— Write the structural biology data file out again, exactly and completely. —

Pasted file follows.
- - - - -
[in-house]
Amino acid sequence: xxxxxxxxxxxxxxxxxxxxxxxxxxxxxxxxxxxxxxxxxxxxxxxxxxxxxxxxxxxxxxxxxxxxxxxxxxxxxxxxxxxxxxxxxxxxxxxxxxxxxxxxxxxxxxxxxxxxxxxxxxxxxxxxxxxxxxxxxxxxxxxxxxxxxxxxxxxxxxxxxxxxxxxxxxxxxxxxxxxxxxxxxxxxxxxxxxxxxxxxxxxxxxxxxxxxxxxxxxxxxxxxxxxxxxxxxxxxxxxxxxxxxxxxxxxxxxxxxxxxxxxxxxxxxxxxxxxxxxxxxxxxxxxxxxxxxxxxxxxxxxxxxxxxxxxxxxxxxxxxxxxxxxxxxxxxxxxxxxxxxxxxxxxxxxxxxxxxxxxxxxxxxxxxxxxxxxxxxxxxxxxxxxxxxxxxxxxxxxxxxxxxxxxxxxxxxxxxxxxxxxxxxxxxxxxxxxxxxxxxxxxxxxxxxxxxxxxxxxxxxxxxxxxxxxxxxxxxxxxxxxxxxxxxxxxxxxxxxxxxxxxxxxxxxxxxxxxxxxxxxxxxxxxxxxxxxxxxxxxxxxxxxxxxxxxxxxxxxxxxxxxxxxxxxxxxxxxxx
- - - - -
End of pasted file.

[in-house]
Amino acid sequence: xxxxxxxxxxxxxxxxxxxxxxxxxxxxxxxxxxxxxxxxxxxxxxxxxxxxxxxxxxxxxxxxxxxxxxxxxxxxxxxxxxxxxxxxxxxxxxxxxxxxxxxxxxxxxxxxxxxxxxxxxxxxxxxxxxxxxxxxxxxxxxxxxxxxxxxxxxxxxxxxxxxxxxxxxxxxxxxxxxxxxxxxxxxxxxxxxxxxxxxxxxxxxxxxxxxxxxxxxxxxxxxxxxxxxxxxxxxxxxxxxxxxxxxxxxxxxxxxxxxxxxxxxxxxxxxxxxxxxxxxxxxxxxxxxxxxxxxxxxxxxxxxxxxxxxxxxxxxxxxxxxxxxxxxxxxxxxxxxxxxxxxxxxxxxxxxxxxxxxxxxxxxxxxxxxxxxxxxxxxxxxxxxxxxxxxxxxxxxxxxxxxxxxxxxxxxxxxxxxxxxxxxxxxxxxxxxxxxxxxxxxxxxxxxxxxxxxxxxxxxxxxxxxxxxxxxxxxxxxxxxxxxxxxxxxxxxxxxxxxxxxxxxxxxxxxxxxxxxxxxxxxxxxxxxxxxxxxxxxxxxxxxxxxxxxxxxxxxxxxxxxxxxxxxxxxxxxxxx